​Retiring … NOT!

Local man breaks retirement stereotypeBaby boomers changing landscape

As the tail end of the largest generation, the baby boomers, move into retirement, this group is changing the definition of what it means to grow older and at the same time transforming the landscape of how we look at living out our lives as so called “seniors.”

Wayne Hunter of Washington Twp. said retirement for him brought about a longing to do things and to be the person he always wanted to be at a younger age, but was fearful to step out and try.

“Aging helped me lose some of the self-imposed shackles that held me back in my younger years,” Hunter said. “I’m 65 years old now and today I’m having the time of my life but am still making significant contributions.”

Hunter retired 10 years ago after 27 years with one employer but realized almost immediately he didn’t want to just “do nothing.” So he began working for Greene County Social Services working with young people and did that job for nine years.

“I retired from that job (Greene County) about a year ago,” Hunter said. “While I was still at Greene County, I sent a resume to Cincinnati Christian University when I saw they had a ministerial job posted. I was honestly surprised when they gave me an opportunity since I had never done that type of thing before but it’s been a good match.”

Hunter and his wife Linda attend Southbrook Christian Church in Miamisburg where the pastor, Charlie McMahan spoke to them about putting their lives into play for a cause greater than themselves. “This has especially spoken to me because retirement has brought about me this longing to do things I’ve never done before,” he said.

So for the past five years, Hunter, who was a Theology major in college, has been a minister at Northside Christian Church in Cincinnati. “I deliver the Sunday sermon there and Linda and I go to church here on Saturday,” he said. “For the first time in my career, I am having fun with what I do.”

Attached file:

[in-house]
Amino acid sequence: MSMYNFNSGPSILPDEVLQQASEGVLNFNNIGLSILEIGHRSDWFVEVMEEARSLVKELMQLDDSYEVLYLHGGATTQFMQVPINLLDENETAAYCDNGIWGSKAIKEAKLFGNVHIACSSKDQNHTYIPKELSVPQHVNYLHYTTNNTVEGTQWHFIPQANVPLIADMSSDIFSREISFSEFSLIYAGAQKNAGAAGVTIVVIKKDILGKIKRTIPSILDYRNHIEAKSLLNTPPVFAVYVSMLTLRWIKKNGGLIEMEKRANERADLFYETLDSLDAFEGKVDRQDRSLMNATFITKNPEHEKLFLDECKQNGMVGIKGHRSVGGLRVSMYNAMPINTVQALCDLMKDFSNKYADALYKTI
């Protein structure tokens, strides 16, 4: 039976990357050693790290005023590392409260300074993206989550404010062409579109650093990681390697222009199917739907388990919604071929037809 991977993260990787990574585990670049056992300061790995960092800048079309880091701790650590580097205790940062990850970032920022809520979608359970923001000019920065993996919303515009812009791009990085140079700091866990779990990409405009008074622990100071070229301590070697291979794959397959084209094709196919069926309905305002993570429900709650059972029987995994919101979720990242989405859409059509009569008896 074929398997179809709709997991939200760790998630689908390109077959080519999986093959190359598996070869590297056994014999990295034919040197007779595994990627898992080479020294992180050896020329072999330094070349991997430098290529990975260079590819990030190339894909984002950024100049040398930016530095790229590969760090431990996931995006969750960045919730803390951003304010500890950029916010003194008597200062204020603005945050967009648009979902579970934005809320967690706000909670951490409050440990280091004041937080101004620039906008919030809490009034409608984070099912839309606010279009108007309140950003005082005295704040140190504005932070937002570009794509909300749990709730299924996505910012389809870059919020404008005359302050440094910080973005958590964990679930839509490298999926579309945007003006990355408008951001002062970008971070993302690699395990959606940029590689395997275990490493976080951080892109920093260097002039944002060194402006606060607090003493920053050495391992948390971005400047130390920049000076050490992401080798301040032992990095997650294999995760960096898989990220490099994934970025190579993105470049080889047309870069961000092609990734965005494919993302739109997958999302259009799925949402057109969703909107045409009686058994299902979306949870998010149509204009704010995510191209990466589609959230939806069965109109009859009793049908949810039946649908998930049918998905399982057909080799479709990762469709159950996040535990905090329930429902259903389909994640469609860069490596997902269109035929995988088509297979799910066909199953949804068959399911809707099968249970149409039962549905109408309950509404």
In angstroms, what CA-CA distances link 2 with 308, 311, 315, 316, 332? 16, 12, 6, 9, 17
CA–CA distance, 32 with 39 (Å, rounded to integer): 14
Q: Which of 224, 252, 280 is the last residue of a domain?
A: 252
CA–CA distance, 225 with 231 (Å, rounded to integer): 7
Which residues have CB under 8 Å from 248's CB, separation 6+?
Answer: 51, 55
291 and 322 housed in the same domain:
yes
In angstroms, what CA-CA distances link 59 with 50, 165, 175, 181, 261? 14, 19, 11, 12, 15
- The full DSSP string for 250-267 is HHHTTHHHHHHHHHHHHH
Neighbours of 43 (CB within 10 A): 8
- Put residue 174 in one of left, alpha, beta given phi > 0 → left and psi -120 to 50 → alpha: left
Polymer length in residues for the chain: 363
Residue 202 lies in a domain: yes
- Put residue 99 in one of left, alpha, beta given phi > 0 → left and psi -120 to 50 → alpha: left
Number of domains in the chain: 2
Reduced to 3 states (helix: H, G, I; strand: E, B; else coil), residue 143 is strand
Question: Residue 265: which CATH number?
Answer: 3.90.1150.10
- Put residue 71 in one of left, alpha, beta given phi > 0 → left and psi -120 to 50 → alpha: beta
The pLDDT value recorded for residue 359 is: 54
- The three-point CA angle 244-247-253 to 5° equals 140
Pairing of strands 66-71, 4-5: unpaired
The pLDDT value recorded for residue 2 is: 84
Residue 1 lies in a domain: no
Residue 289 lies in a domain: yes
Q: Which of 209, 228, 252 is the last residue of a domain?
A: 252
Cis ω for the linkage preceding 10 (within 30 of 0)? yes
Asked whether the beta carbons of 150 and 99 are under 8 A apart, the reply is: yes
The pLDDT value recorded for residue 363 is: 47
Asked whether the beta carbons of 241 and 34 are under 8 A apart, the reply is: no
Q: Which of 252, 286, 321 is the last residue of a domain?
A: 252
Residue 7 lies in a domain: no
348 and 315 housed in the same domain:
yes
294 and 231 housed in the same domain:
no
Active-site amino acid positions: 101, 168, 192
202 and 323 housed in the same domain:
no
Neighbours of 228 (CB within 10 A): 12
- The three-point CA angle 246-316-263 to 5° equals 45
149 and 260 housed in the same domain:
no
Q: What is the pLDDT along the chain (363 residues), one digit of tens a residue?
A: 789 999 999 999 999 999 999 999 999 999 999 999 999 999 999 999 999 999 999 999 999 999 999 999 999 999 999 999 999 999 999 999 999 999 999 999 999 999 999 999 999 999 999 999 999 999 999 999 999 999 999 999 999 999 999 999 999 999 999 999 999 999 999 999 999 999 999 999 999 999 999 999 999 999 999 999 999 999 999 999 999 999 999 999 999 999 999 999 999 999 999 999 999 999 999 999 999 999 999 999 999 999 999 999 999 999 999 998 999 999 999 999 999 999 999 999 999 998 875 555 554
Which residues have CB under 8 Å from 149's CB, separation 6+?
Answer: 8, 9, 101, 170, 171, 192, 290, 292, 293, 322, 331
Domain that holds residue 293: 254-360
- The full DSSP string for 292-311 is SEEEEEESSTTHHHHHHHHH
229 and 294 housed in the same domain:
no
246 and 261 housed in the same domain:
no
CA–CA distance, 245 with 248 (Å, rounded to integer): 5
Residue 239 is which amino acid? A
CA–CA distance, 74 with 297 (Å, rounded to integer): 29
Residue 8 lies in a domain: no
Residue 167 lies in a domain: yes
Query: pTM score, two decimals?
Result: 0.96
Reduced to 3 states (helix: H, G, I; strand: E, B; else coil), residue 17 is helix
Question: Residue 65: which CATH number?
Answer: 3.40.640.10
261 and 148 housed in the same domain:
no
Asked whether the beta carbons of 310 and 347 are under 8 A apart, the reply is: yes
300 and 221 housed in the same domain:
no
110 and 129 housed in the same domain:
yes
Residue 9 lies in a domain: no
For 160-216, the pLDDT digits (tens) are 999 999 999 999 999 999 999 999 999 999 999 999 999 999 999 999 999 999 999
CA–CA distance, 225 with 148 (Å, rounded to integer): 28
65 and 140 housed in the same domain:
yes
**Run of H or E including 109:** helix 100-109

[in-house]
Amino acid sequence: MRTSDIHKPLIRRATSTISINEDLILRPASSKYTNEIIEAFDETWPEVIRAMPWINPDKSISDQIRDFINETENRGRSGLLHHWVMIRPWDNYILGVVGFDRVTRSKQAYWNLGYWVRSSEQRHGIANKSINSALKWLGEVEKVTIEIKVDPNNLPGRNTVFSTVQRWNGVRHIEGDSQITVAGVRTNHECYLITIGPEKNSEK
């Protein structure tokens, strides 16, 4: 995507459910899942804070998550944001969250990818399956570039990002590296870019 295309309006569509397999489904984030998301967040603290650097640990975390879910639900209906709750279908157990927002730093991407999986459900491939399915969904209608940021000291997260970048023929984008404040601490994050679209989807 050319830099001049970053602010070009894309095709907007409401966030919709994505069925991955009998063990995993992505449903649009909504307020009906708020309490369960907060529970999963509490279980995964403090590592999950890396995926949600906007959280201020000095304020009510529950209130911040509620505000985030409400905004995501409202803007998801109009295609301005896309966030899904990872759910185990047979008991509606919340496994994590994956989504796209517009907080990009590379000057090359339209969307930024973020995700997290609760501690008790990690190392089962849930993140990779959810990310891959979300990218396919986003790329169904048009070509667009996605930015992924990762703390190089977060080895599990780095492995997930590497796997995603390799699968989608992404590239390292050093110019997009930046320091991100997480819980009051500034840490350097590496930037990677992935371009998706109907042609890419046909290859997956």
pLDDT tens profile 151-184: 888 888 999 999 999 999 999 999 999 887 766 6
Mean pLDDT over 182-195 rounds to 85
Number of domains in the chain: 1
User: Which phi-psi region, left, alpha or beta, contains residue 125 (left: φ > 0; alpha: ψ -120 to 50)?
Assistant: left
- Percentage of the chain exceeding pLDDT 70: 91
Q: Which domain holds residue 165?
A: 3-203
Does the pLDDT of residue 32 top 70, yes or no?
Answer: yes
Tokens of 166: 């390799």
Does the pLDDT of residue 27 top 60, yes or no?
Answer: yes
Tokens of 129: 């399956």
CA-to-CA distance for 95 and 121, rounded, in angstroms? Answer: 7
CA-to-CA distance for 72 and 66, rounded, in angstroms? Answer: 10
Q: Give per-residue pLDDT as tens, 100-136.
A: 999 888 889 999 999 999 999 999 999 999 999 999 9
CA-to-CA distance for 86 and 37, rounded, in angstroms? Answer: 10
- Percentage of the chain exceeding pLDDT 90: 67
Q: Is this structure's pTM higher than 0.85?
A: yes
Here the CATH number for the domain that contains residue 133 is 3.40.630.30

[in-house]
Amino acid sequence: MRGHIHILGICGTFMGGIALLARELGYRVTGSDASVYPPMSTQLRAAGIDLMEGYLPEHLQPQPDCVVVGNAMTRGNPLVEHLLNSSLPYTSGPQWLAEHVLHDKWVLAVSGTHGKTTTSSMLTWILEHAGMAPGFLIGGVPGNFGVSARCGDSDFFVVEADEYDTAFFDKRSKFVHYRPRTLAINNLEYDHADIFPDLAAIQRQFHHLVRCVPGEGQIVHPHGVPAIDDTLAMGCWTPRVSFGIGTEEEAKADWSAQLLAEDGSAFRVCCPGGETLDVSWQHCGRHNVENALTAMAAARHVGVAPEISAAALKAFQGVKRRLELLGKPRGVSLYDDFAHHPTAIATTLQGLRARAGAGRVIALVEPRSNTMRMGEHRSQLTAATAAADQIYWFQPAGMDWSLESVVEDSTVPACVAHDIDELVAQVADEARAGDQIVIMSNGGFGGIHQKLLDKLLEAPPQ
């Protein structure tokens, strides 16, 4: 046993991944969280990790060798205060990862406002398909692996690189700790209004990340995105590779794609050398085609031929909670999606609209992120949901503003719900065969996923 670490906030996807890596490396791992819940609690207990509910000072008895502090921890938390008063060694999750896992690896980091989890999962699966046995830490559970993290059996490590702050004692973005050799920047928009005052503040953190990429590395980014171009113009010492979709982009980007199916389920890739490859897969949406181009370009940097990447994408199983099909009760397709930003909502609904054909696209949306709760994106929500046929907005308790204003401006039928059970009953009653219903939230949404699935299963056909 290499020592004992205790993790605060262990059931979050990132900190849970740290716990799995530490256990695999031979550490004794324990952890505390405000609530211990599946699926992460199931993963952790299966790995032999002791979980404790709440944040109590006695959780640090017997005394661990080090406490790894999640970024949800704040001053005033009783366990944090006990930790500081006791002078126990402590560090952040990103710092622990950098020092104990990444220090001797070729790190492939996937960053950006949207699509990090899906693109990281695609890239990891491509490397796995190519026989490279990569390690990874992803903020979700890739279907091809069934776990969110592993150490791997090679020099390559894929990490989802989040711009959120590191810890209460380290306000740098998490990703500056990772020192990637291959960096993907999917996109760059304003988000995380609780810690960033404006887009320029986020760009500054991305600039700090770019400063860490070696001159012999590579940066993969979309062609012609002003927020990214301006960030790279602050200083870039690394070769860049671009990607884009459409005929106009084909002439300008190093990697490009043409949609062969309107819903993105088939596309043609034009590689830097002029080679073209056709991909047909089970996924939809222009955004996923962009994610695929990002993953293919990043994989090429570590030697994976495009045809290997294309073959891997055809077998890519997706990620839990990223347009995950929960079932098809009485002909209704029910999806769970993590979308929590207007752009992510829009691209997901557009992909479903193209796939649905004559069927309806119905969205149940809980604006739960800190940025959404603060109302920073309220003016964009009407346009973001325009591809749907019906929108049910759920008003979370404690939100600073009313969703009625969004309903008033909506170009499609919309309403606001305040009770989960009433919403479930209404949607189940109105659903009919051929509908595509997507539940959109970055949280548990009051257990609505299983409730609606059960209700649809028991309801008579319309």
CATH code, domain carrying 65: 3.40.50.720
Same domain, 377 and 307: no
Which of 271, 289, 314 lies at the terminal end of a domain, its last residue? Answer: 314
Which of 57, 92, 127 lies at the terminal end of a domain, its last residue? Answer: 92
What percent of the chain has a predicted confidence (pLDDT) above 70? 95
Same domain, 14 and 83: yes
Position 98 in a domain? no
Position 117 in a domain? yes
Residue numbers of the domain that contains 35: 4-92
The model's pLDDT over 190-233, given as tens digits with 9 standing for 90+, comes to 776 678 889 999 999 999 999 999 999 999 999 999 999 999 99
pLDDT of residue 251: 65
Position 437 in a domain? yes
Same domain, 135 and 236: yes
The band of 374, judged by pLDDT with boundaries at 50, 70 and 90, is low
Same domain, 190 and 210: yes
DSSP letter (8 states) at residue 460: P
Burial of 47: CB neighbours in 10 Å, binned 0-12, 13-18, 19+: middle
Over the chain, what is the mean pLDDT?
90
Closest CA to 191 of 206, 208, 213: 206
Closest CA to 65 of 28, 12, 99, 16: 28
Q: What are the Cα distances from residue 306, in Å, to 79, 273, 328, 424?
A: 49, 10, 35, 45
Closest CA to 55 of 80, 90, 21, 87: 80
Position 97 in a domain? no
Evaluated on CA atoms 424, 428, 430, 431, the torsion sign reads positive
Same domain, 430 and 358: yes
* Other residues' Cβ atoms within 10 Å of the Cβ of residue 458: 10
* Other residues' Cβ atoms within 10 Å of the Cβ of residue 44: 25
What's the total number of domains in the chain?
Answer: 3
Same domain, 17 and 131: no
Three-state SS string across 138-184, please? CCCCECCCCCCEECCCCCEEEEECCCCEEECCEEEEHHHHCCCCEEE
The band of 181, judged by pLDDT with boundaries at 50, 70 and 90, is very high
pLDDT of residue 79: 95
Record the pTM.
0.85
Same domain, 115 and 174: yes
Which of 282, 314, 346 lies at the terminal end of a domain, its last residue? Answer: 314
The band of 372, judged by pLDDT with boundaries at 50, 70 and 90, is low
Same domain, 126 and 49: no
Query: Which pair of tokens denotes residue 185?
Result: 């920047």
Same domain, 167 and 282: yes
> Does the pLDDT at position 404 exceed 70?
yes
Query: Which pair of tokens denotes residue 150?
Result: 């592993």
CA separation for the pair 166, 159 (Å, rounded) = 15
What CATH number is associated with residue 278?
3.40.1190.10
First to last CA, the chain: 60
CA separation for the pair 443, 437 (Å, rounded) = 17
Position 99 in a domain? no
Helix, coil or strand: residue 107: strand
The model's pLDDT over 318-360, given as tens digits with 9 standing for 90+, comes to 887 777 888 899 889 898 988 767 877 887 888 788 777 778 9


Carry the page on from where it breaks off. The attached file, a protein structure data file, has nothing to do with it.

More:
When Hunter retired from Greene County last year and realized he didn’t need to find another job since he was eligible for Social Security, he knew he wanted to stay busy.

“I didn’t want to NOT do anything,” he said. “So I have enjoyed learning new things. I had a real estate license back in the 80’s and it was so much work with my jobs and raising kids that I let it go to the wayside. I picked that back up again and Linda works with me as an interior home stager.”

Hunter recently started teaching a finance class at Hondros College of Business.

But one of the best parts of having a more flexible schedule is the ability to schedule a full day every week to spend with his three grandchildren,

“Tuesday is grandparents day,” Hunter said. “They come over and we usually start out by fixing breakfast and we spend the entire day with them. We set aside that day every week.”

Like many others in his age group, Hunter is enjoying his active “retirement,” spending time with family and friends and “working,” at jobs he enjoys at the hours he chooses.

“It’s important for people to know that retirement is not the end of being productive,” Hunter said. “It’s really good for people to keep their minds active as they get older and try new things. I didn’t get a master’s degree until two years ago. Just keep helping people. That is key.”

And his advice for his twin daughters, now raising families of their own nearby in Kettering?

“As I’ve gotten older, I find myself wanting to tell my kids, don’t hold yourself back,” Hunter said. “All the things you tend to worry about or stress about, after a period of time it will all seem significant. I just don’t have those same fears now.”

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Contact this contributing writer at banspach@ymail.com.

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